Atlantic County may be at ground zero for people losing their homes, with the nation's highest foreclosure activity, but it is not alone in facing scores of abandoned properties.
The was clear this week at the New Jersey State League of Municipalities meeting in Atlantic City, when a workshop called "Creative Solutions for Vacant Properties" attracted more than 500 local government officials from all over the state.
The huge crowd forced organizers to move the session from a regular room to a cavernous conference room in the Atlantic City Convention Center.
"In all my years of coming here I have never seen anything like this," said Michael L. Zumpino, chairman and CEO of the consulting firm Triad Associates, of Vineland, a member of the panel.
With a foreclosure rate four times the national average, Atlantic County has been grappling with the issue recently. Just this week, the Atlantic County Improvement Authority announced it had signed with a firm to help municipalities keep foreclosed properties from becoming eyesores and crime magnets.
Zumpino’s firm helps communities get grants to deal with housing and other issues. Attendees listened intently as he described programs to help towns acquire vacant and/or foreclosed properties, to rehab them to meet their affordable housing obligations.
Zumpino spoke about his experience helping Woodbine, Buena Vista Township, Vineland, Bridgeton, Burlington City in Burlington County and Paulsboro in Gloucester County get funding to renovate 43 vacant and abandoned homes for resale as affordable units under the state's Neighborhood Stabilization Program, or NSP, five years ago.
"We had to demolish two or three and build new," he said. "Conditions in the (other) properties were so poor they were a gut rehab," taking everything down to the studs.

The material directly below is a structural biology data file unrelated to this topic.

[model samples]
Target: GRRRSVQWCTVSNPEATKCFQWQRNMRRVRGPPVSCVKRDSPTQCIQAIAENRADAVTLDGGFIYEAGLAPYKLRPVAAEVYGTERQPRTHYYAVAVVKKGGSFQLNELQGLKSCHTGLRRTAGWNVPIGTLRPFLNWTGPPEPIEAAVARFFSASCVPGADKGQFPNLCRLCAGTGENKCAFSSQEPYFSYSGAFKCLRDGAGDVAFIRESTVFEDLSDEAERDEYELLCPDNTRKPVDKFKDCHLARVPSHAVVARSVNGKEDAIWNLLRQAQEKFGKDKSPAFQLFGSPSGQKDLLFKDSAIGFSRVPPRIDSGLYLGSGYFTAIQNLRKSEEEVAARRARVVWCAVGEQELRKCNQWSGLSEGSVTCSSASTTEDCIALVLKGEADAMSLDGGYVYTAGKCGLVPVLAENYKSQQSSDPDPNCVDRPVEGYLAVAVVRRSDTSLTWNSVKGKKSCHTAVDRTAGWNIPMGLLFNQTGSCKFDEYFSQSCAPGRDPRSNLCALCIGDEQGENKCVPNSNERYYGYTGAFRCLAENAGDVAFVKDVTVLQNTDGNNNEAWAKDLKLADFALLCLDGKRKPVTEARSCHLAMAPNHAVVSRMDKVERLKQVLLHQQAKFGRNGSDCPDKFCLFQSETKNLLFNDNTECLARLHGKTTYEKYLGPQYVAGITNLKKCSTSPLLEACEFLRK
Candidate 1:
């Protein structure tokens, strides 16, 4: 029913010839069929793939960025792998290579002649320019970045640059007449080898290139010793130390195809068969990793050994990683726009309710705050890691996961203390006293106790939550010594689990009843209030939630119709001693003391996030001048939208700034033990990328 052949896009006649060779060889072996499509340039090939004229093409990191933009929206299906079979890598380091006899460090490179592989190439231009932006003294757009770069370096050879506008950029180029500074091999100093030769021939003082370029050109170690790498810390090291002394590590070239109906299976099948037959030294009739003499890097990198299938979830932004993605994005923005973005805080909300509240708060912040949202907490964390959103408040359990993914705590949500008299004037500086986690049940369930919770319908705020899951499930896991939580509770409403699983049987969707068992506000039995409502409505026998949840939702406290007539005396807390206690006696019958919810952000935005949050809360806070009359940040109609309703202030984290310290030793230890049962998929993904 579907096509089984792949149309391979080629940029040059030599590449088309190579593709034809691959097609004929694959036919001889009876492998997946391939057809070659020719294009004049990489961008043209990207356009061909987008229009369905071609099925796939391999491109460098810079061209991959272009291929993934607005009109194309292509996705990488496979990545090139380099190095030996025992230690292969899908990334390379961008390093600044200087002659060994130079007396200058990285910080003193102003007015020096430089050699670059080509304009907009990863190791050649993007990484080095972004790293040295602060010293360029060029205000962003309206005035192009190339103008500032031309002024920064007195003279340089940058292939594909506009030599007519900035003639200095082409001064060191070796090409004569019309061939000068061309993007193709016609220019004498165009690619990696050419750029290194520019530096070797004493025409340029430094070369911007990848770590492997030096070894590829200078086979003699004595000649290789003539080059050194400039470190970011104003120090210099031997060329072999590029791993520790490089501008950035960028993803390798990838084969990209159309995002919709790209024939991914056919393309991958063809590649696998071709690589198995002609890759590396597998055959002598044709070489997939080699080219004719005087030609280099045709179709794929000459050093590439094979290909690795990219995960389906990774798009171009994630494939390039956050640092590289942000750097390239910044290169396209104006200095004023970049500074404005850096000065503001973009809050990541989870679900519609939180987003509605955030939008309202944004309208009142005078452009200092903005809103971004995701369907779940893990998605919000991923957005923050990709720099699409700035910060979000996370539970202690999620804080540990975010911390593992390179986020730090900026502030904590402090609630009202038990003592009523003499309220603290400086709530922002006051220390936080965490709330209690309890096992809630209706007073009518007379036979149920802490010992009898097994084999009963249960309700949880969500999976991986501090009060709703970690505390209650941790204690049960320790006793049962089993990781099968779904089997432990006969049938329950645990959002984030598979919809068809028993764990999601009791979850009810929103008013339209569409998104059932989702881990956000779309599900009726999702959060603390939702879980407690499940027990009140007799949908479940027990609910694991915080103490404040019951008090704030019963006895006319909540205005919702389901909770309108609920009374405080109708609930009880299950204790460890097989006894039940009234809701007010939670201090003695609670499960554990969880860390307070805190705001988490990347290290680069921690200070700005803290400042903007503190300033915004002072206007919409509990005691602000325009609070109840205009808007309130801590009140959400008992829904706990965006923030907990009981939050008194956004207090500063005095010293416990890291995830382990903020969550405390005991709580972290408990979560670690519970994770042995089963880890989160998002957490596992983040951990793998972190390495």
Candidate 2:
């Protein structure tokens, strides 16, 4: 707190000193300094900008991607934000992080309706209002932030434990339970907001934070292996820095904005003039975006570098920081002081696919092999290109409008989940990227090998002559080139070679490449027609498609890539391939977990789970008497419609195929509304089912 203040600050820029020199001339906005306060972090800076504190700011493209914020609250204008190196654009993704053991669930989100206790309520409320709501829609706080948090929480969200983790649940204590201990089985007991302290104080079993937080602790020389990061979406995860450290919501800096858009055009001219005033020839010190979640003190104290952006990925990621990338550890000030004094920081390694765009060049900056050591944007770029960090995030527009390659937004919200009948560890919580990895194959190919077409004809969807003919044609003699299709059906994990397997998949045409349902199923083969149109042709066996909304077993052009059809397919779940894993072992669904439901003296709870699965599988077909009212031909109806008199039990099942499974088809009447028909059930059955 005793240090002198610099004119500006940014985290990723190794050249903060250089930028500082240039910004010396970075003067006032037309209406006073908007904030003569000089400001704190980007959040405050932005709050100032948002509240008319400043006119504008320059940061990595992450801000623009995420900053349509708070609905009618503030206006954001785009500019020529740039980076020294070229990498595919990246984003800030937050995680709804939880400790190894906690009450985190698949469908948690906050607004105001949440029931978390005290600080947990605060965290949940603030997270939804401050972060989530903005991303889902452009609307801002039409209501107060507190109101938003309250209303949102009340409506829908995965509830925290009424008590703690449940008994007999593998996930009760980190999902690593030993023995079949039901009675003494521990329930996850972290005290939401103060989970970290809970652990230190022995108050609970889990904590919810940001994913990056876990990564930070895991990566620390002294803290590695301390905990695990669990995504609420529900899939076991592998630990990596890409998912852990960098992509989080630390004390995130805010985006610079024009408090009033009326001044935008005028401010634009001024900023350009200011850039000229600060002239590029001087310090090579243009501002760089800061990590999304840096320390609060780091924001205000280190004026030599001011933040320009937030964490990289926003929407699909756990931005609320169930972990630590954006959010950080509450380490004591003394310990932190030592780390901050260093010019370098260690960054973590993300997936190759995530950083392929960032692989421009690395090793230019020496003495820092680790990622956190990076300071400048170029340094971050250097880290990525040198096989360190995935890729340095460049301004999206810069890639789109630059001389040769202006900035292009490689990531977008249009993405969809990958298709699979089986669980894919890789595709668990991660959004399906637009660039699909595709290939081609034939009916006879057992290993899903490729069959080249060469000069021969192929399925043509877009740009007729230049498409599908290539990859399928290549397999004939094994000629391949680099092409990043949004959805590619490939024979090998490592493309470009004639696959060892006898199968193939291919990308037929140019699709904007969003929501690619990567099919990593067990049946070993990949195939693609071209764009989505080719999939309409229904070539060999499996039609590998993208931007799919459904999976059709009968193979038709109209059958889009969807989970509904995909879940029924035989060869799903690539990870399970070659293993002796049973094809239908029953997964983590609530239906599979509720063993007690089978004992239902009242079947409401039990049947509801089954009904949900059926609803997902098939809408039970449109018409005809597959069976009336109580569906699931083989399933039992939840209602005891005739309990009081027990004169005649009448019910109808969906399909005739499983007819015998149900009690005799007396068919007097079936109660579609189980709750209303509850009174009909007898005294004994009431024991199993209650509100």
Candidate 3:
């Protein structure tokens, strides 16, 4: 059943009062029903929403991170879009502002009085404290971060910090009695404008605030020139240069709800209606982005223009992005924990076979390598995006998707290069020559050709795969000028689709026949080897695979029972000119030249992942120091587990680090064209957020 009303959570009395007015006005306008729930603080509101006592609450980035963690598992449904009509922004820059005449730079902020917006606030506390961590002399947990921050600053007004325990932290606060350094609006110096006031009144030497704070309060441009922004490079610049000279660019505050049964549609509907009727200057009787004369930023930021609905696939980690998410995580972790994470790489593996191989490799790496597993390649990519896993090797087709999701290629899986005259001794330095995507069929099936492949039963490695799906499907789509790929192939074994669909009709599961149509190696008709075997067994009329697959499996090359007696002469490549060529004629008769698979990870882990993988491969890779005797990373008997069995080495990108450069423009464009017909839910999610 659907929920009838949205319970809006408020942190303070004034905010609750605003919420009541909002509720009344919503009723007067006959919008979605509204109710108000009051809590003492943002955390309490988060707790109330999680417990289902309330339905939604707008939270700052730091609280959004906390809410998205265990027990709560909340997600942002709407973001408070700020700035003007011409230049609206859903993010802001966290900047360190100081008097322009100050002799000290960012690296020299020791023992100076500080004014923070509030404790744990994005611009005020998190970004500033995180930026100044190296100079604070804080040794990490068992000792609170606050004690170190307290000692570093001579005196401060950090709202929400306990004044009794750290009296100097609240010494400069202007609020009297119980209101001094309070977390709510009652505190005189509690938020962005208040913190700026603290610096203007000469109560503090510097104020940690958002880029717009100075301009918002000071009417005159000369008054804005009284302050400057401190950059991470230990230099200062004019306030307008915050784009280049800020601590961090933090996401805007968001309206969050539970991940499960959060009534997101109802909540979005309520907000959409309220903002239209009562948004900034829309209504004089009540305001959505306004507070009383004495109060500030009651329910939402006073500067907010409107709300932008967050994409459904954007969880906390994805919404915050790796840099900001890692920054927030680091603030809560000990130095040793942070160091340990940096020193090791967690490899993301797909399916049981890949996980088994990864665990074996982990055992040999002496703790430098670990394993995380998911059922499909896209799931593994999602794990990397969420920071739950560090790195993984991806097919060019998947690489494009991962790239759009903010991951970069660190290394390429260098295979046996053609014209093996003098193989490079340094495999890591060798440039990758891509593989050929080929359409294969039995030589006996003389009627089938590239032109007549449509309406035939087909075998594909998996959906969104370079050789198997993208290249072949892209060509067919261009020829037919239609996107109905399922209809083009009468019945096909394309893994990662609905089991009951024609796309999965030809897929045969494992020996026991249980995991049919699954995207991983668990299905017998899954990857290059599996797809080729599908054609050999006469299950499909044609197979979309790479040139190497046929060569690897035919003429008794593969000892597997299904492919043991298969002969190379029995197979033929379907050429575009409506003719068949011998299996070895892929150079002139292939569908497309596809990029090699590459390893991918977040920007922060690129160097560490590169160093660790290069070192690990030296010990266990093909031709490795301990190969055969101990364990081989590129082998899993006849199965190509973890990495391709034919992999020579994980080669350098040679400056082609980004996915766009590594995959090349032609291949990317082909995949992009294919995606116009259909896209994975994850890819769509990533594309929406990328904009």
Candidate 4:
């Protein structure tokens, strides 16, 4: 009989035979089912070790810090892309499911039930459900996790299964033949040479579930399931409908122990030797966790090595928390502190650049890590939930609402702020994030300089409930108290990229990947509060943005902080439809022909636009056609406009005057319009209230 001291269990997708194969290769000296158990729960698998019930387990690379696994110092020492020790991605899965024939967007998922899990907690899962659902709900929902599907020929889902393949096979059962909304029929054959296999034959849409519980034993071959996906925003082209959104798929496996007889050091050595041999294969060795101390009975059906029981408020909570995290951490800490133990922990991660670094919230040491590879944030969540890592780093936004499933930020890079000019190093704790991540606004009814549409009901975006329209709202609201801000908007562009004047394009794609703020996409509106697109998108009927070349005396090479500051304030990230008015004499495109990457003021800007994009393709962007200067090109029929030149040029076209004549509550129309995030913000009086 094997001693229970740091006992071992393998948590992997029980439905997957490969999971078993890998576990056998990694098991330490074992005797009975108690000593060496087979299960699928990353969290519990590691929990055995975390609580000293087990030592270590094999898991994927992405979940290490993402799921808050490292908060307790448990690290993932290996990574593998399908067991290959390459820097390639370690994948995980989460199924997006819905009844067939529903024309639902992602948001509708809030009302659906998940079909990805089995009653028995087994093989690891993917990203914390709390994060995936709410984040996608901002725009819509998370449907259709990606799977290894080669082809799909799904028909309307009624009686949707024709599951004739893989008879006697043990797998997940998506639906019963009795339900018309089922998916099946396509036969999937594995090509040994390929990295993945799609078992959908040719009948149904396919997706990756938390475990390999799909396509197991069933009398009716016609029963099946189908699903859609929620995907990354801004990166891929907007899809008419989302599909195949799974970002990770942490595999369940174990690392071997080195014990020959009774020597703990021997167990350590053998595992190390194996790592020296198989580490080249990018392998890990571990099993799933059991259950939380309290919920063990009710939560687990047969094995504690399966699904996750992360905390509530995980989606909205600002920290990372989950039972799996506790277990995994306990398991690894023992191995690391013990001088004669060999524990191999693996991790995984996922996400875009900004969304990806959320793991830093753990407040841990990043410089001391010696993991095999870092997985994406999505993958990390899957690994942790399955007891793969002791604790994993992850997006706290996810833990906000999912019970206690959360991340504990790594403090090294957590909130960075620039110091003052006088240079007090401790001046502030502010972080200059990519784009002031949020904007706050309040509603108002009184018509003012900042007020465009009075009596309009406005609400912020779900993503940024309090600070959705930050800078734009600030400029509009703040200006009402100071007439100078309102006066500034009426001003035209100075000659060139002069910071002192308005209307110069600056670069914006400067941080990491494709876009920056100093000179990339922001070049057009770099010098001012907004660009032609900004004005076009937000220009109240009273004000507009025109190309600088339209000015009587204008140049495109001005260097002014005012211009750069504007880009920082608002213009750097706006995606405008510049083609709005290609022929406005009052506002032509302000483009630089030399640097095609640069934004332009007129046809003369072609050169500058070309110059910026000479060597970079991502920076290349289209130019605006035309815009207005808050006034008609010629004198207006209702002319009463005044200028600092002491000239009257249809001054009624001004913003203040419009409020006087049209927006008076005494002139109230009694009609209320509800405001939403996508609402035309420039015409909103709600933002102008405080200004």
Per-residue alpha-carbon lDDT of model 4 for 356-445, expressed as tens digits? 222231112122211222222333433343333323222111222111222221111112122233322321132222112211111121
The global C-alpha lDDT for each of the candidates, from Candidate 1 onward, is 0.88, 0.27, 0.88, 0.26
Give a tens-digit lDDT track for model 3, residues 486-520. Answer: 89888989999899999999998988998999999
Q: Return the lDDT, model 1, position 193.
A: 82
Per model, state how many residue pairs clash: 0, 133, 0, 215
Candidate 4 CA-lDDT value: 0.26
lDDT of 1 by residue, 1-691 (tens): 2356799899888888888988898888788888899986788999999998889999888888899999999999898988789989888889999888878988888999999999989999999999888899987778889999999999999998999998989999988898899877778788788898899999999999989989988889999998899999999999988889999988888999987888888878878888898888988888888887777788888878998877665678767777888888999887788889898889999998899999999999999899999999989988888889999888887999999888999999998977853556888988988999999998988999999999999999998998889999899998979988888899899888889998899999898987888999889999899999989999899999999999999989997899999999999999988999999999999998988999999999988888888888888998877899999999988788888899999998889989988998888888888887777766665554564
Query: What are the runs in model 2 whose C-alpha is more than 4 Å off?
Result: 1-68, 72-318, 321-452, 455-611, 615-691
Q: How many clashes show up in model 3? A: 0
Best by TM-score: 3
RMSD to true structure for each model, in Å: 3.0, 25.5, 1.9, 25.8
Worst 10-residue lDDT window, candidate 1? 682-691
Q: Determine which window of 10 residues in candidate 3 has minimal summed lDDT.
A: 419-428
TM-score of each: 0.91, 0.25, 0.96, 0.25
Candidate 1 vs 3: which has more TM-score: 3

Houses that are abandoned tend to fall into serious disrepair fast, he said.
"Those are huge costs to deal with," Zumpino said.
The bottom line was it cost $50,000 to $100,000 more per housing unit than could be recouped through sale at prices required by low-income families. The difference had to be made up by grants, other assistance or outright subsidy by the municipality.
It also took a long time to find eligible buyers who were both low-income and had high enough credit scores to qualify, he said.
The NSP has ended, and now Triad is helping towns use the Market to Affordable Program, a similar initiative that allows towns to buy distressed vacant properties, renovate them and rent them to low income families at a discount. The MAP program is implemented by the Council on Affordable Housing and administered by the Department of Community Affairs.
Members of the audience asked about dealing with foreclosed properties in everything from blighted urban areas to historic districts and upscale second home communities.
"This large crowd shows it's not just an urban city problem, it's a problem for all of us," said Walter Denson of Trenton's Housing and Economic Development office.
The nonprofit Isles, a community development and environmental organization based in Trenton, led an effort to survey Trenton's housing stock and found 4,000 abandoned properties, he said.
Trenton has started a Vacant Property Initiative to deal with the problem, Denson said.
It includes a registration ordinance requiring owners of vacant properties whether they are banks or individuals -- to register and pay an annual fee. That fee has generated about $300,000 so far, he said.
Another program Trenton is using entices people to buy vacant city-owned properties for as low as $1, if they can show the ability to rehabilitate the property with the help of a federal 203K loan, which allows buyers to borrow the cost of renovation as well as purchase.
Denson said his city is moving to acquire vacant properties, but only those that can be bundled for redevelopment by a developer, or that can otherwise be resold. The city does not want to be responsible for maintenance and liability on a large number of properties, he said.
Diane Sterner of New Jersey Community Capital, of New Brunswick, a nonprofit that helps struggling communities finance housing and other construction, encouraged towns to adopt an abandoned property ordinance, to require owners of abandoned properties to register with the municipality and pay an annual fee. Often that one act will get owners to begin maintaining the property or move to sell it, she said.
State law also gives towns that adopt an abandoned property ordinance other tools, such as the right to use eminent domain to acquire particularly troublesome properties, she said. Municipalities can pay be as low as $0 if the cost of rehabilitating the property is greater than its post rehab value, she said.